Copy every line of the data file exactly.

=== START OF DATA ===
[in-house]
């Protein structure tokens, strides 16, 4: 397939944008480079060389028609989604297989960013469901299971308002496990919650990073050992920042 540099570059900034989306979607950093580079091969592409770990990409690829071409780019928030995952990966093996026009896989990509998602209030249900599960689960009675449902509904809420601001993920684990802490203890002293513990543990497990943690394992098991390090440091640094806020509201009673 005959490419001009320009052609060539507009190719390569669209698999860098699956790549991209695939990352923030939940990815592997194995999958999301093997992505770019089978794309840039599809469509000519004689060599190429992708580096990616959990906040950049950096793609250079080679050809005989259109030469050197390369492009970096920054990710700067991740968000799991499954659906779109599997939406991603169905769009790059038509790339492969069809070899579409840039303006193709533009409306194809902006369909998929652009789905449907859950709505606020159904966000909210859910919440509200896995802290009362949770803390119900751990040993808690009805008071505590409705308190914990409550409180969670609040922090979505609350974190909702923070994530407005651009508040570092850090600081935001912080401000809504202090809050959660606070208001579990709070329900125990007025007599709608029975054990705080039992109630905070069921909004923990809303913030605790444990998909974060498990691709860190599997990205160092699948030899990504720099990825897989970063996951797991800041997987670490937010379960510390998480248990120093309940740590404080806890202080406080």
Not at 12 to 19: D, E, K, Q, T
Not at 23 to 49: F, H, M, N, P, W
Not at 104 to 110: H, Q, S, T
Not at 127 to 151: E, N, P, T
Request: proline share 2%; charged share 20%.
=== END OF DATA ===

[in-house]
């Protein structure tokens, strides 16, 4: 397939944008480079060389028609989604297989960013469901299971308002496990919650990073050992920042 540099570059900034989306979607950093580079091969592409770990990409690829071409780019928030995952990966093996026009896989990509998602209030249900599960689960009675449902509904809420601001993920684990802490203890002293513990543990497990943690394992098991390090440091640094806020509201009673 005959490419001009320009052609060539507009190719390569669209698999860098699956790549991209695939990352923030939940990815592997194995999958999301093997992505770019089978794309840039599809469509000519004689060599190429992708580096990616959990906040950049950096793609250079080679050809005989259109030469050197390369492009970096920054990710700067991740968000799991499954659906779109599997939406991603169905769009790059038509790339492969069809070899579409840039303006193709533009409306194809902006369909998929652009789905449907859950709505606020159904966000909210859910919440509200896995802290009362949770803390119900751990040993808690009805008071505590409705308190914990409550409180969670609040922090979505609350974190909702923070994530407005651009508040570092850090600081935001912080401000809504202090809050959660606070208001579990709070329900125990007025007599709608029975054990705080039992109630905070069921909004923990809303913030605790444990998909974060498990691709860190599997990205160092699948030899990504720099990825897989970063996951797991800041997987670490937010379960510390998480248990120093309940740590404080806890202080406080």
Not at 12 to 19: D, E, K, Q, T
Not at 23 to 49: F, H, M, N, P, W
Not at 104 to 110: H, Q, S, T
Not at 127 to 151: E, N, P, T
Request: proline share 2%; charged share 20%.